Over time, humans and animals get used to simple everyday things. At times, some things that were once new and exciting can suddenly become unexciting. Humans have a tendency of developing a decrease in response about things that once invited excitement because over time, the repeated exposure took their interest. Studying habituation has brought researchers from different backgrounds together, sharing mutual terminology, and uncovering like philosophies of learning. Therefore, this paper will discuss the concept of habituation, analyze the factors that affect perceptual learning, examine the effects of stimulus exposure, and the application of simple stimulus learning to at least two real life situations.
The Concept of Habituation
According to Terry (2009) chapter 2, habituation is when a person develops a decrease in response to a stimulus after repeated presentations also known as “the waning responsiveness” (p. 2). Terry (2009) stated “Habituation of orienting applies to neutral or innocuous stimuli, although defensive reactions to painful and noxious stimuli also show habituation” (Ch.2, p. 24). There may be several different reactions such as being startled, sense-receptor focusing, increased arousal, or a readiness for fight or flight. For example a ring tone or dog barking may primarily draw a person’s responsive, but after becoming accustomed to the noises, less attention is given and responses will vanish. This vanished response is called habituation. Habituation is another form of learning, which an individual or animal learns something about that stimuli. Often animals may demonstrate a fear about being around new people and home, but then becomes accustomed to the voices and environment. The animal starts to become comfortable by coming around everyone in the house or starts to walk around freely without fear. This means over time they have become accustomed to the environment and noises from repeated presentation. Terry (2009) stated “Learning is shown by less trial over time” (Ch. 2, P. 2). Factors that Affect Perceptual Learning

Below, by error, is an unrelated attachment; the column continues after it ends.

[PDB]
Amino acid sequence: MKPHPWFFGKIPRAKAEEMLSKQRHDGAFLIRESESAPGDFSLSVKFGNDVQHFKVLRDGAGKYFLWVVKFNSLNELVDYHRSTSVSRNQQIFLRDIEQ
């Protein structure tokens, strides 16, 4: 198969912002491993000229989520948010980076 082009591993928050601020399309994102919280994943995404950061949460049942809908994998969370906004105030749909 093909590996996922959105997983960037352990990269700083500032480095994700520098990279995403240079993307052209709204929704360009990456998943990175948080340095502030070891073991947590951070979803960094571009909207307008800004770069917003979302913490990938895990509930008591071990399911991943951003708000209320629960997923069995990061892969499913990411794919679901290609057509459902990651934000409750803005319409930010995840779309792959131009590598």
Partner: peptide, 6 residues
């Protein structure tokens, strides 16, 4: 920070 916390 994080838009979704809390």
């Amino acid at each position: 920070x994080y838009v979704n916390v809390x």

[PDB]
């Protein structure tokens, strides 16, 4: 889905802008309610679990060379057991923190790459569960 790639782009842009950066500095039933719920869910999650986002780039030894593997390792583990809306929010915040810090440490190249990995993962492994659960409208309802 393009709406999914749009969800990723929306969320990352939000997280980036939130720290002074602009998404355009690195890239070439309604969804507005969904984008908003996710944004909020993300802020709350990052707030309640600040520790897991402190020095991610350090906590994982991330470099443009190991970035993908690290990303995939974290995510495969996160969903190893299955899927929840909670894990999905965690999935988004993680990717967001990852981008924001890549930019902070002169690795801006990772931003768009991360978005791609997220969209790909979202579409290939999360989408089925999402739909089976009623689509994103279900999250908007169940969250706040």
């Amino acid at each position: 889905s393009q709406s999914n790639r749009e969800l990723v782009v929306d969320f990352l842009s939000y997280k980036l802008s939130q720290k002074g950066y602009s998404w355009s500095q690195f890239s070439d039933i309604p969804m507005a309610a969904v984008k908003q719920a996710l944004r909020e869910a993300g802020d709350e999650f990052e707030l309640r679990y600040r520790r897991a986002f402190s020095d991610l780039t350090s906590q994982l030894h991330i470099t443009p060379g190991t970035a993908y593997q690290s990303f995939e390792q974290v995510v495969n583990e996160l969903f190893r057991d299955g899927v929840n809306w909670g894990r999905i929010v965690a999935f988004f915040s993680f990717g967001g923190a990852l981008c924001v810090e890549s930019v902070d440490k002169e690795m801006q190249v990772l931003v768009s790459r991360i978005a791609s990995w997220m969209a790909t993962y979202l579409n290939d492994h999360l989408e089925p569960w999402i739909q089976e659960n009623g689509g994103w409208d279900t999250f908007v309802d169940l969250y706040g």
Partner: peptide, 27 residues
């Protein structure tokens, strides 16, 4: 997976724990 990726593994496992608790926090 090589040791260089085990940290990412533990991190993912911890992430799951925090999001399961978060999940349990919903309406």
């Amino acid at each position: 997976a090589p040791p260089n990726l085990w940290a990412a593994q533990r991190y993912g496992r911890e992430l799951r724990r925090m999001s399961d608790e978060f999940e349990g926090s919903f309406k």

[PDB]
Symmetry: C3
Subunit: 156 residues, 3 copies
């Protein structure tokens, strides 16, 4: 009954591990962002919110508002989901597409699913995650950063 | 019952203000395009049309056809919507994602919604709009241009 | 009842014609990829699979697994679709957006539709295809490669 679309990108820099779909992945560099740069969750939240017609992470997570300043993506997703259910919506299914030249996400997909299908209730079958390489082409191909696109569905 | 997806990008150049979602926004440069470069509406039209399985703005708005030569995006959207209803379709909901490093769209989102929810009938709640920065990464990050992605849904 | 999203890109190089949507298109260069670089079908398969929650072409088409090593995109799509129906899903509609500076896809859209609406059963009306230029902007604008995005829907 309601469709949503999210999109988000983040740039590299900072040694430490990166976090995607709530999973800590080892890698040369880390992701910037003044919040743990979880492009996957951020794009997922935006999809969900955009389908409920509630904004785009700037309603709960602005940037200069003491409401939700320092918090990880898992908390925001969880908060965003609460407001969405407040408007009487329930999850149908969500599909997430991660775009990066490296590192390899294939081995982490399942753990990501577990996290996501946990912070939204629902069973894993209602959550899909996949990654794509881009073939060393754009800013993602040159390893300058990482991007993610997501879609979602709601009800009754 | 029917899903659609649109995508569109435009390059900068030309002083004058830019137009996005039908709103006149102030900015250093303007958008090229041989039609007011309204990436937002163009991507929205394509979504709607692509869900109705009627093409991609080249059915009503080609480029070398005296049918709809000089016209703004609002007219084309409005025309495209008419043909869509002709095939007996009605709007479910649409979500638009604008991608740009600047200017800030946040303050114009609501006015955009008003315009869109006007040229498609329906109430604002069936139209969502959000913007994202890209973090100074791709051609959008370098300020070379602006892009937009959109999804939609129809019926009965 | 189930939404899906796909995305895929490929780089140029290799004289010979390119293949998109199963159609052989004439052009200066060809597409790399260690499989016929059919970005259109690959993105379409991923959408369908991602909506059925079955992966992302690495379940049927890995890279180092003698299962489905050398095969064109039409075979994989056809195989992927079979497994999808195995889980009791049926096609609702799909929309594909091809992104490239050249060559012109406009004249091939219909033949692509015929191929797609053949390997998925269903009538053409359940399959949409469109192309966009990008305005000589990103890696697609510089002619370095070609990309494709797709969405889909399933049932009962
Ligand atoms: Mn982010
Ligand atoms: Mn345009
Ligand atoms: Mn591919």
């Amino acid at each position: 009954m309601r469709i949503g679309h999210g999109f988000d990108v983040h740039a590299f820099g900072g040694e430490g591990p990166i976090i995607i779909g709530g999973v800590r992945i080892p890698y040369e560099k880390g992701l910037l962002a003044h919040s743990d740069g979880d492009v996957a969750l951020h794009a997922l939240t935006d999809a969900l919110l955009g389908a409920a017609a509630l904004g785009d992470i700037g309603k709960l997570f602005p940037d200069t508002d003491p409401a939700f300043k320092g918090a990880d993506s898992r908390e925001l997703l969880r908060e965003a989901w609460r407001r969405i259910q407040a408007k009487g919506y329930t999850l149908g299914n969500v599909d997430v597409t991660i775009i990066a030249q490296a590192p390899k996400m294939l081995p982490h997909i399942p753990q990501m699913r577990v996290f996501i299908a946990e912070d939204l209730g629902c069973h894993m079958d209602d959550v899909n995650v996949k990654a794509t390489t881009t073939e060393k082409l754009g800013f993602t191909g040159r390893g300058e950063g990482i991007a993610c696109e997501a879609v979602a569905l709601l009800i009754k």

Goldstone (1998) stated, “Perceptual learning involves long-lasting changes to an organism’s perceptual system, improving its ability to respond to its environment” (p. 585). Being exposed to stimuli according to Terry (2009), can later affect learning about stimuli. For example, it may be easier for an individual to attach a familiar name to an unknown face (Ch. 2, p. 14). “There are numerous aspects that can have an effect on perceptual learning, which include presenting contrasting stimuli, transfer from easy to difficult stimuli, and attention and feedback. Perceptual learning involves identification of which dimensions are relevant for discrimination” (Terry, 2006). To differentiate one stimulus from another, it is imperative to offer both positive and negative features of a stimulus. In doing so, the subject (s) is able to select or acquire which stimulus is applicable. Moving from an easy to tough stimuli can sometimes encourage the subject to learning a difficult discrimination (Terry, 2006). The workplace, school, family, or environmental factors usually expose or encourage people to learning. Examining the Effects of Stimulus Exposure
At times, a subject may prefer familiar stimuli or learning can come with positive reinforcements playing a role in how quickly an individual learns. According to Terry (2006) “Exposure to a stimulus can lead to an effective or emotional change in the preference stimuli” (Terry, 2006). Abraham Maslow (1937) conducted a study in a laboratory setting, asking contributors to complete various task like copying sentences and reading a list of foreign names. He also used additional tasks to divert contributors from learning the real reason of the study. Later, contributors were asked their